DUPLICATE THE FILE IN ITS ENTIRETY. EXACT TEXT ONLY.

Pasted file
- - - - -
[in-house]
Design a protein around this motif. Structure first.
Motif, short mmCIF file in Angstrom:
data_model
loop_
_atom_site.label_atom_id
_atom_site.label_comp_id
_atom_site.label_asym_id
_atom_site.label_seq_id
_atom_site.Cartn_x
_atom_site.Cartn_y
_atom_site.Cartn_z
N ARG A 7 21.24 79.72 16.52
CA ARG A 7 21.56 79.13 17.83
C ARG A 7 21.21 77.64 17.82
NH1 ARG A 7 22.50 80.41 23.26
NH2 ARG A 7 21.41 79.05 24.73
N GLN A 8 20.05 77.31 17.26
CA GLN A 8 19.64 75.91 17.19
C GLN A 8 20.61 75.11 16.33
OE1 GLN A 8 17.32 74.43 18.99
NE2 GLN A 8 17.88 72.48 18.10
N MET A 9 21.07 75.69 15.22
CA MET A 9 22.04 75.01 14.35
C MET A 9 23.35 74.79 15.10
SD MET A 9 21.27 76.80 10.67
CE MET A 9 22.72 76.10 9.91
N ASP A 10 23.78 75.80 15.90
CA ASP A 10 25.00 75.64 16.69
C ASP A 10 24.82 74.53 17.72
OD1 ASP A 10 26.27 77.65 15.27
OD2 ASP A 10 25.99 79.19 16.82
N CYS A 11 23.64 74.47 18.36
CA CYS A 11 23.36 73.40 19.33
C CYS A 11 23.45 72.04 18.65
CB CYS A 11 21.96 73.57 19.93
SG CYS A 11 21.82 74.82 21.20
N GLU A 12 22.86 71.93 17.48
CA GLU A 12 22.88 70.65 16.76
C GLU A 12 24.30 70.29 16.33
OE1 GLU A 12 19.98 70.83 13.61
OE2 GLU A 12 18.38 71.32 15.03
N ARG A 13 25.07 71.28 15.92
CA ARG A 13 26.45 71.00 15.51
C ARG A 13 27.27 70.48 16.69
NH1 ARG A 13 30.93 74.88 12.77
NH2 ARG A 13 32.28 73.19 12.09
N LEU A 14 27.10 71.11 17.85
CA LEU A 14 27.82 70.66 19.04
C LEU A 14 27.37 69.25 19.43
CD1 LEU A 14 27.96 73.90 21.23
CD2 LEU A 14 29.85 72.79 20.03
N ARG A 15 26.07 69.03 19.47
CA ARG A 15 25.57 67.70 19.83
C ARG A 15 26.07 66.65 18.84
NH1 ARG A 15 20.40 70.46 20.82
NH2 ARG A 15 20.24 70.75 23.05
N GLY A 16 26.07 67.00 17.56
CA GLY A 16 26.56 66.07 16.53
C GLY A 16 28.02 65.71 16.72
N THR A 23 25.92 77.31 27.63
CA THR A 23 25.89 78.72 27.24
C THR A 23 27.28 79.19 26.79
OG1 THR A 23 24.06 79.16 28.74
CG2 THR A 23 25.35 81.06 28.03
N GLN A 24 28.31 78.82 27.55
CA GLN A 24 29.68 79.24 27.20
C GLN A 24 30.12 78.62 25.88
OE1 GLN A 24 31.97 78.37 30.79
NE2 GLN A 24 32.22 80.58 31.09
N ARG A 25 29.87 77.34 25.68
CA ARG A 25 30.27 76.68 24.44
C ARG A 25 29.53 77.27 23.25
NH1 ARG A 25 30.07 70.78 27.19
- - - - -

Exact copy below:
[in-house]
Design a protein around this motif. Structure first.
Motif, short mmCIF file in Angstrom:
data_model
loop_
_atom_site.label_atom_id
_atom_site.label_comp_id
_atom_site.label_asym_id
_atom_site.label_seq_id
_atom_site.Cartn_x
_atom_site.Cartn_y
_atom_site.Cartn_z
N ARG A 7 21.24 79.72 16.52
CA ARG A 7 21.56 79.13 17.83
C ARG A 7 21.21 77.64 17.82
NH1 ARG A 7 22.50 80.41 23.26
NH2 ARG A 7 21.41 79.05 24.73
N GLN A 8 20.05 77.31 17.26
CA GLN A 8 19.64 75.91 17.19
C GLN A 8 20.61 75.11 16.33
OE1 GLN A 8 17.32 74.43 18.99
NE2 GLN A 8 17.88 72.48 18.10
N MET A 9 21.07 75.69 15.22
CA MET A 9 22.04 75.01 14.35
C MET A 9 23.35 74.79 15.10
SD MET A 9 21.27 76.80 10.67
CE MET A 9 22.72 76.10 9.91
N ASP A 10 23.78 75.80 15.90
CA ASP A 10 25.00 75.64 16.69
C ASP A 10 24.82 74.53 17.72
OD1 ASP A 10 26.27 77.65 15.27
OD2 ASP A 10 25.99 79.19 16.82
N CYS A 11 23.64 74.47 18.36
CA CYS A 11 23.36 73.40 19.33
C CYS A 11 23.45 72.04 18.65
CB CYS A 11 21.96 73.57 19.93
SG CYS A 11 21.82 74.82 21.20
N GLU A 12 22.86 71.93 17.48
CA GLU A 12 22.88 70.65 16.76
C GLU A 12 24.30 70.29 16.33
OE1 GLU A 12 19.98 70.83 13.61
OE2 GLU A 12 18.38 71.32 15.03
N ARG A 13 25.07 71.28 15.92
CA ARG A 13 26.45 71.00 15.51
C ARG A 13 27.27 70.48 16.69
NH1 ARG A 13 30.93 74.88 12.77
NH2 ARG A 13 32.28 73.19 12.09
N LEU A 14 27.10 71.11 17.85
CA LEU A 14 27.82 70.66 19.04
C LEU A 14 27.37 69.25 19.43
CD1 LEU A 14 27.96 73.90 21.23
CD2 LEU A 14 29.85 72.79 20.03
N ARG A 15 26.07 69.03 19.47
CA ARG A 15 25.57 67.70 19.83
C ARG A 15 26.07 66.65 18.84
NH1 ARG A 15 20.40 70.46 20.82
NH2 ARG A 15 20.24 70.75 23.05
N GLY A 16 26.07 67.00 17.56
CA GLY A 16 26.56 66.07 16.53
C GLY A 16 28.02 65.71 16.72
N THR A 23 25.92 77.31 27.63
CA THR A 23 25.89 78.72 27.24
C THR A 23 27.28 79.19 26.79
OG1 THR A 23 24.06 79.16 28.74
CG2 THR A 23 25.35 81.06 28.03
N GLN A 24 28.31 78.82 27.55
CA GLN A 24 29.68 79.24 27.20
C GLN A 24 30.12 78.62 25.88
OE1 GLN A 24 31.97 78.37 30.79
NE2 GLN A 24 32.22 80.58 31.09
N ARG A 25 29.87 77.34 25.68
CA ARG A 25 30.27 76.68 24.44
C ARG A 25 29.53 77.27 23.25
NH1 ARG A 25 30.07 70.78 27.19